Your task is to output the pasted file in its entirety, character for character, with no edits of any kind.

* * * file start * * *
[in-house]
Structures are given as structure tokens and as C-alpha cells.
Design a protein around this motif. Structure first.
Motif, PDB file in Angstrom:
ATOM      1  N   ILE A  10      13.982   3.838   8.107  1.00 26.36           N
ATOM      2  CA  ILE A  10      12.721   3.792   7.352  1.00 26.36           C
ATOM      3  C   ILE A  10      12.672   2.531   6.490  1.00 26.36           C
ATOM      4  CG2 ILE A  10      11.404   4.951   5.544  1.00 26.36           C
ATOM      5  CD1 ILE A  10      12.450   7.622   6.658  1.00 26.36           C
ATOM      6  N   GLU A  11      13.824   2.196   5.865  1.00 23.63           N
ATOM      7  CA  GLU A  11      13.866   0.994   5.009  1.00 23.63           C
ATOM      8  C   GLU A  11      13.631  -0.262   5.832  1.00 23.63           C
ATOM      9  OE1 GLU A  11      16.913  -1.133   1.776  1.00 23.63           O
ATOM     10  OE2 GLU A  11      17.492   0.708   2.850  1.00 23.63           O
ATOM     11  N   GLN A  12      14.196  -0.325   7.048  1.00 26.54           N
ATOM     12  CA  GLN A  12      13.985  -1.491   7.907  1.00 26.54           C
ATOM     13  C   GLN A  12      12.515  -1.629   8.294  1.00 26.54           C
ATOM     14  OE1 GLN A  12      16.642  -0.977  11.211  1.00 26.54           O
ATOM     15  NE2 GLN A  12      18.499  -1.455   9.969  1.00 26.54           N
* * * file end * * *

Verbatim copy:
[in-house]
Structures are given as structure tokens and as C-alpha cells.
Design a protein around this motif. Structure first.
Motif, PDB file in Angstrom:
ATOM      1  N   ILE A  10      13.982   3.838   8.107  1.00 26.36           N
ATOM      2  CA  ILE A  10      12.721   3.792   7.352  1.00 26.36           C
ATOM      3  C   ILE A  10      12.672   2.531   6.490  1.00 26.36           C
ATOM      4  CG2 ILE A  10      11.404   4.951   5.544  1.00 26.36           C
ATOM      5  CD1 ILE A  10      12.450   7.622   6.658  1.00 26.36           C
ATOM      6  N   GLU A  11      13.824   2.196   5.865  1.00 23.63           N
ATOM      7  CA  GLU A  11      13.866   0.994   5.009  1.00 23.63           C
ATOM      8  C   GLU A  11      13.631  -0.262   5.832  1.00 23.63           C
ATOM      9  OE1 GLU A  11      16.913  -1.133   1.776  1.00 23.63           O
ATOM     10  OE2 GLU A  11      17.492   0.708   2.850  1.00 23.63           O
ATOM     11  N   GLN A  12      14.196  -0.325   7.048  1.00 26.54           N
ATOM     12  CA  GLN A  12      13.985  -1.491   7.907  1.00 26.54           C
ATOM     13  C   GLN A  12      12.515  -1.629   8.294  1.00 26.54           C
ATOM     14  OE1 GLN A  12      16.642  -0.977  11.211  1.00 26.54           O
ATOM     15  NE2 GLN A  12      18.499  -1.455   9.969  1.00 26.54           N